Soon after the 2004 presidential election ended, I started to write a screenplay about a committed Democrat who, in the heat of the election season, promises he will move to Canada if George "Dubya" is re-elected. When the inevitable occurs and Bush gets four more years, our hero follows through on his promise and makes the trip to whiter Northern pastures. The resulting film, called Blue State, which stars Breckin Meyer and Anna Paquin, came out last year.
The producers and I liked to joke during filming that if we ever made a sequel, we would call it Blue State 2: Bluer and State-ier. But when the 2008 election season began so many months ago, I was heartened by an impressive field of candidates, and by Bush's approval ratings remaining firmly in the toilet. I remained hopeful -- confident, even -- that no Democrat would have to make emigration plans for this November. There would, thankfully, be no room for a Blue State sequel.
But now the sky is falling for Democrats, and the whole "I'm-moving-to-Canada" thing is back.
It's been a rough few weeks (including the arrival of Sarah Palin), and we Democrats find ourselves suffering from another pre-election moment of abject fear, self-doubt, and despair. Suddenly, on an almost daily basis, someone I know will say to me:
"I've been thinking about your movie lately, because I watched Sarah Palin's ABC News interview and decided I'm moving to Canada if McCain-Palin wins."
Or, "Have you thought about a sequel?"
Or, "If McCain wins, forget moving to Canada -- I'll slit my wrists."
Has it come to this again? What started as an interesting and substantive election race has suddenly become a retread of 2004, with the left and right largely retreating to their red and blue corners. Evangelicals courted by Obama are realizing (shocker!) that he is pro-choice and they will ultimately vote Republican; those independents who are socially-liberal/economically conservative McCain has been courting are growing disgusted with his campaign and his policies, and returning to the Democratic camp. Yes, the map of blue states and red states won't look precisely the same as 2004, but this election is shaping up to look much more similar to the Bush-Kerry matchup than I would have thought six months, three months, or even one month ago.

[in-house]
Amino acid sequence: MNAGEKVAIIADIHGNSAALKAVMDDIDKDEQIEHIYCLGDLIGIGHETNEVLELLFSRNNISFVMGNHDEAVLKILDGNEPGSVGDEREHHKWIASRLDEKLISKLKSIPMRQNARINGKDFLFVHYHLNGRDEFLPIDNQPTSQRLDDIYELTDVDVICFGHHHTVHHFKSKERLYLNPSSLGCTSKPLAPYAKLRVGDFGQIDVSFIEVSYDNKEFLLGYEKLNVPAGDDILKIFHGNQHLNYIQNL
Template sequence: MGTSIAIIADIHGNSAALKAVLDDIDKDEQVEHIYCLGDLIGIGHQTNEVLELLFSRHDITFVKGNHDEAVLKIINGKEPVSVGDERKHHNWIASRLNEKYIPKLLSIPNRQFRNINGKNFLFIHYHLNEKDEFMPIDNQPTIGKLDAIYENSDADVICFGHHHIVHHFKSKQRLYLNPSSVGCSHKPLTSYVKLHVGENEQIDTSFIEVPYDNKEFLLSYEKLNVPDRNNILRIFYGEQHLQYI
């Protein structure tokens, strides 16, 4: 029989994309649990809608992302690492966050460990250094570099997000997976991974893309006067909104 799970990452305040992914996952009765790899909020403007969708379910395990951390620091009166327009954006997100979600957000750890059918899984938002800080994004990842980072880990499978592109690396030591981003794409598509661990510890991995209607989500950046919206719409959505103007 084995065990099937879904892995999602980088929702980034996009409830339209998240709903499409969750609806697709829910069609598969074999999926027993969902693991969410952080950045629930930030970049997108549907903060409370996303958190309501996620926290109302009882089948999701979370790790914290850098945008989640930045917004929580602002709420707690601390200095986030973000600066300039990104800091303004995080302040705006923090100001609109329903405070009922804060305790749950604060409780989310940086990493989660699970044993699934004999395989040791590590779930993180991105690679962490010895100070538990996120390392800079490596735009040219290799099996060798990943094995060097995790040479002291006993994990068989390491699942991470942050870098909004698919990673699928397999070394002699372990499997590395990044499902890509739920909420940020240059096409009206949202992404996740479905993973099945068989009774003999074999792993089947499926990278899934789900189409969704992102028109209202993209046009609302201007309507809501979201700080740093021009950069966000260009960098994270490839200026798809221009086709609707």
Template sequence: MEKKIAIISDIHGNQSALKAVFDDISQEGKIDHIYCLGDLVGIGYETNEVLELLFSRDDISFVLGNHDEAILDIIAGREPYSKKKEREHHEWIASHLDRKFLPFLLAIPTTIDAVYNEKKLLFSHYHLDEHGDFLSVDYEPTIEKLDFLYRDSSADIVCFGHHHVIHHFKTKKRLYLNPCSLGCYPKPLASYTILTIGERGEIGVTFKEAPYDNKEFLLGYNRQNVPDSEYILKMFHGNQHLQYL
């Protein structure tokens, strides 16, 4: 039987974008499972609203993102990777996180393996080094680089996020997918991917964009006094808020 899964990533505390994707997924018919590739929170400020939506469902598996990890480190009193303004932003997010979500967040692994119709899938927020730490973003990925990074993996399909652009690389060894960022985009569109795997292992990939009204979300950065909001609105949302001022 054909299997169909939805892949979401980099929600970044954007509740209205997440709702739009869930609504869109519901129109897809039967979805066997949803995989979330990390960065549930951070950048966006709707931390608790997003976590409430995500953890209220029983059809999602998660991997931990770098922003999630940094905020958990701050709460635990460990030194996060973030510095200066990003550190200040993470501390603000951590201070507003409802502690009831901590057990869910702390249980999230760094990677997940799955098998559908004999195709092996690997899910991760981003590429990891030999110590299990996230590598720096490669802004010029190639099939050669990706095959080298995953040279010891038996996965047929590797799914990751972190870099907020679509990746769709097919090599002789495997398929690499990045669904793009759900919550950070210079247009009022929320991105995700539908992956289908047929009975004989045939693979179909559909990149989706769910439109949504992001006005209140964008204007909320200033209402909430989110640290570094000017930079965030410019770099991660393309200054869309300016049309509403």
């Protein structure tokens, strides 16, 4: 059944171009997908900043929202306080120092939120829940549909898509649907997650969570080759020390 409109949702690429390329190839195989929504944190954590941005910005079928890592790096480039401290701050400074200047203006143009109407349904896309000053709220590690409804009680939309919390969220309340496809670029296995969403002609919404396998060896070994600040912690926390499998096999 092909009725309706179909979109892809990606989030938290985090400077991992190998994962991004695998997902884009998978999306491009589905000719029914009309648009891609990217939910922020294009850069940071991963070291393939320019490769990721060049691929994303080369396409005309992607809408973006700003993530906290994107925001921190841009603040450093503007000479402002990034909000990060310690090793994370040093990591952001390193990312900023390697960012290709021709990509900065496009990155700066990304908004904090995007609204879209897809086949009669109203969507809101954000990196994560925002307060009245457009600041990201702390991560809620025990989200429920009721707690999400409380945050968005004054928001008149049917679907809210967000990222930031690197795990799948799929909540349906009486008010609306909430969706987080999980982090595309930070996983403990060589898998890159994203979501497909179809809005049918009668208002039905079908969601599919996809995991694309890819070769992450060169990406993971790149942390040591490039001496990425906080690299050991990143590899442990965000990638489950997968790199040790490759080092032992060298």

I've resigned myself to this fact: if McCain-Palin wins, then I simply have to accept that I don't understand the country I'm living in. This sense of disconnection from the majority was the driving force behind making Blue State for me. I never promised to move to Canada, but I identified with a guy who felt so alienated by the election results that he would resort to that step. And for a while here in 2008, it seemed that we were going to elevate ourselves to address real problems rather than devolve into culture wars, name-calling, and hiding the ball, which is where we've found ourselves at this moment.
So is there any chance of a sequel? Maybe about a Republican who promises to move to Canada after Obama is elected. Wouldn't that be nice?
Otherwise, if McCain wins, it'll have to be called Blue State 2: The End of Hope.